The Murchison meteorite is named after the place it fell: Murchison, Victoria, Australia. It is large (over 100 kg) and it was seen falling. It is one of the most studied meteorites, since it belongs to a group of meteorites rich in organic compounds, known as carbonaceous chondrites.
On 28 September 1969 at about 10:58 am, a bright fireball was seen. It separated into three fragments before disappearing, leaving a cloud of smoke. About 30 seconds later, a tremor was heard. People found fragments over an area larger than 13 km², with fragments up to 7 kg. One, weighing 680 g, broke through a roof and fell in hay. The mass is over 100 kg.
This type of meteorite is rich in carbon. Murchison contains over 15 amino acids. The amino acids found in the Murchison meteorite can be (and have been) synthesised in laboratory experiments. This was done by the action of electric discharge on a mixture of methane, nitrogen, and water with traces of ammonia.
The amino acids were mostly racemic. This means the chirality of their enantiomers are almost equally left- and right-handed. This suggests they are not caused by terrestrial contamination. A complex mixture of alkanes was isolated as well, similar to that found in the Miller-Urey experiment. Serine and threonine, often earthly contaminants, were absent from the samples.
In 1997 research showed that individual amino-acids from Murchison were enriched in the nitrogen isotope 15N relative to their terrestrial counterparts. This confirmed an extraterrestrial source. The organic materials identified included sugar-like compounds (polyols).
|Compound class||Concentration (ppm)|
|Purines and pyrimidines||1.3|
Several lines of evidence show that the inside of well-preserved fragments from Murchison are pristine (not contaminated). A 2010 study identified 14,000 molecular compounds (including 70 amino acids) in a sample of the meteorite. There may be 50,000 or more different molecular compositions in the meteorite.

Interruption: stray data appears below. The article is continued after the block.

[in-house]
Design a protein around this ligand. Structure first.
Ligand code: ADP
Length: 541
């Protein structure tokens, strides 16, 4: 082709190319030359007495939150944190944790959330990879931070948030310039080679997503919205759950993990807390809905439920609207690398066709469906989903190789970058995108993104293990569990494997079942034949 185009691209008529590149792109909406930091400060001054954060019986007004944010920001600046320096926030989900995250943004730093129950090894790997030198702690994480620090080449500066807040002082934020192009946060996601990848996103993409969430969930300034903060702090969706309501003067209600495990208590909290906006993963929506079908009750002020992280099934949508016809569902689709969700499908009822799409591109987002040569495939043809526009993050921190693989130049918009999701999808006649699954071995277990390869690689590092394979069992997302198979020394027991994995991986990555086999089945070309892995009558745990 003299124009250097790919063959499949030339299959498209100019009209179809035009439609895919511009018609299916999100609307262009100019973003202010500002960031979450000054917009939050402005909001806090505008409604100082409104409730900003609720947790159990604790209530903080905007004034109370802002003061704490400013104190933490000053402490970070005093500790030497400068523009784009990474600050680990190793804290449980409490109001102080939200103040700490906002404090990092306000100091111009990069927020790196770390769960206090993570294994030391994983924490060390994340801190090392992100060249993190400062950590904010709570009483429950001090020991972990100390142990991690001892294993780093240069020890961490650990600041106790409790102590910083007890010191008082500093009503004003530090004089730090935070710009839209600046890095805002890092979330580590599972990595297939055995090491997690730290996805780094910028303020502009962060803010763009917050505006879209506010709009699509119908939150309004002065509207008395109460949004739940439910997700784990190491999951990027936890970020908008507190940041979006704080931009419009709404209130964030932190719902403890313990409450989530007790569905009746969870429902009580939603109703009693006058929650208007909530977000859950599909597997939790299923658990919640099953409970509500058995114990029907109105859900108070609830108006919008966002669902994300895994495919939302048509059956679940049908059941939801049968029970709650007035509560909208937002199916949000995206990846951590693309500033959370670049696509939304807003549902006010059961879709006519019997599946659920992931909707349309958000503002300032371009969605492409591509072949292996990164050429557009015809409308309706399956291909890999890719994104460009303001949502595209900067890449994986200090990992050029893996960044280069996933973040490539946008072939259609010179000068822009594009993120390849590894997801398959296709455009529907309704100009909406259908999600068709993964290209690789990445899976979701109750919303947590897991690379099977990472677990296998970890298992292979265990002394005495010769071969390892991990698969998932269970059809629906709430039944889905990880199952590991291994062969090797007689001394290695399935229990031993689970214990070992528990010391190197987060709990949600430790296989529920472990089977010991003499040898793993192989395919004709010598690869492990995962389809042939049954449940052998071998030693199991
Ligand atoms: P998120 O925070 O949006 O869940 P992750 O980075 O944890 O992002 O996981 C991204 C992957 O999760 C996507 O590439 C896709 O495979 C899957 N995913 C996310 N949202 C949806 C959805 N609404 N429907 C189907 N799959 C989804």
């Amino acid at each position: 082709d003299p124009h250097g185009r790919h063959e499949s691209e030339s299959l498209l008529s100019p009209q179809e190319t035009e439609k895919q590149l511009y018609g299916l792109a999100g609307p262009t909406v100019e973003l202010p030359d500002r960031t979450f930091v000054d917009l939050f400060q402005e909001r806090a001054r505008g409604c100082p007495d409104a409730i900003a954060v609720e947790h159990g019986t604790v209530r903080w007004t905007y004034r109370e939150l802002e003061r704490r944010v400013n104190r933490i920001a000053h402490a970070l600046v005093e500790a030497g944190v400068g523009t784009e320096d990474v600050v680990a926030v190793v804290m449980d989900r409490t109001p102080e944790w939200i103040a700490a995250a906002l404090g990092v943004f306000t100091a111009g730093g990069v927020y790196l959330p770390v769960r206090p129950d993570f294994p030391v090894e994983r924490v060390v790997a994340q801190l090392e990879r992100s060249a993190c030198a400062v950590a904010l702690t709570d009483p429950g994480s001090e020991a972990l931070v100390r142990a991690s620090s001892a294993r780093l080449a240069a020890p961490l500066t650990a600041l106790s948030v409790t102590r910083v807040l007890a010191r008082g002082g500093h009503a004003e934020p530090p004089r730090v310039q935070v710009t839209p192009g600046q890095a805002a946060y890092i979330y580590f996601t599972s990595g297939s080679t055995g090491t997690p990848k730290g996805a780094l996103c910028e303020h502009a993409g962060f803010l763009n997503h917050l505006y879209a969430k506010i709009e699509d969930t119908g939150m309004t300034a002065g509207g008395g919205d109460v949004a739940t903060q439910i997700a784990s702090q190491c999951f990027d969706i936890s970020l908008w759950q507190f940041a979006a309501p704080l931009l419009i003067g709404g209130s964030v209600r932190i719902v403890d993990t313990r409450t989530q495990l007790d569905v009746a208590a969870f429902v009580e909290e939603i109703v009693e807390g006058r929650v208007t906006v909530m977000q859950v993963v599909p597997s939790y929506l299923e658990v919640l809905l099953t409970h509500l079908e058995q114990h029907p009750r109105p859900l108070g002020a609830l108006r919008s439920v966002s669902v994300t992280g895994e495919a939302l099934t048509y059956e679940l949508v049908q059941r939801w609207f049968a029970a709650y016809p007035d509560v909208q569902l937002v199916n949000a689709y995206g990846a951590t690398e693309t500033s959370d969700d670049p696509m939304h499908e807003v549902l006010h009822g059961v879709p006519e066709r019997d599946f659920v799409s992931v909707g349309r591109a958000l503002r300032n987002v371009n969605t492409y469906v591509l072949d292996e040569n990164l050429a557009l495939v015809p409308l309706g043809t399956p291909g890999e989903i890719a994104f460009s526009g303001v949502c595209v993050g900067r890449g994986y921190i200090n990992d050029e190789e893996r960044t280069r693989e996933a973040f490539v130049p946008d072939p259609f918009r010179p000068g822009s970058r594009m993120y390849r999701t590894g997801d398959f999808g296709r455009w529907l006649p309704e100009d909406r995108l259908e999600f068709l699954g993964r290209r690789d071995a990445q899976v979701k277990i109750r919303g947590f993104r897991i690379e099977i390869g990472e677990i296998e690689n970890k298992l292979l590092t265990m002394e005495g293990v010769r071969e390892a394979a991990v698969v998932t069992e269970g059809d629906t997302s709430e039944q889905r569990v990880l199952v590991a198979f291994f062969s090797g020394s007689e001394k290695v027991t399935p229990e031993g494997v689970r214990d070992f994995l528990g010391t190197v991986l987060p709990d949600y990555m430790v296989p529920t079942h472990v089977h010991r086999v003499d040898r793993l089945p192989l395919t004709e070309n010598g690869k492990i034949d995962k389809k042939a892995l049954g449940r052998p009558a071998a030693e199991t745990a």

Measured purine and pyrimidine compounds are in the Murchison meteorite. Carbon isotope ratios for uracil and xanthine show a non-terrestrial origin for these compounds. The results show many organic compounds which are components of life on Earth were already present in the early Solar System. They may have played a role in life's origin.
- The Meteorite Society database
- Planetary science research discoveries: glossary
- Nonprotein amino acids from spark discharges and their comparison with the Murchison Meteorite amino acids. Kvenvolden K. et al 1972. Proc. Nat. Acad. Sci. USA 69, 4, 809-811.
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- Cooper, George et al (2001). "Carbonaceous meteorites as a source of sugar-related organic compounds for the early Earth". Nature 414 (6866): 879–883. doi:10.1038/414879a. PMID 11780054.
- Pavel, Machalek 2007 (PDF). Organic molecules in comets and meteorites and life on Earth. Department of Physics and Astronomy, Johns Hopkins University. http://www.pha.jhu.edu/~pmachal2/ism_review_redone_feb07.pdf. Retrieved 2008-10-07.
- Doreen Walton (2010). "Space rock contains organic molecular feast". BBC News. Retrieved 2010-02-15.
- Schmitt-Kopplin, Philippe et al (Published online before print February 16, 2010). "High molecular diversity of extraterrestrial organic matter in Murchison meteorite revealed 40 years after its fall" (PDF). PNAS 107 (7): 2763–2768. doi:10.1073/pnas.0912157107. PMC 2840304. PMID 20160129. http://www.pnas.org/content/early/2010/02/12/0912157107.full.pdf+html. Retrieved 2010-02-16.
- Matson, John (2010). "Meteorite that fell in 1969 still revealing secrets of the early Solar System". Scientific American. Retrieved 2010-02-15.
- Martins, Zita et al 2008. "Extraterrestrial nucleobases in the Murchison meteorite" (PDF). Earth and Planetary Science Letters. http://astrobiology.gsfc.nasa.gov/analytical/PDF/Martinsetal2008.pdf. Retrieved 2008-10-07.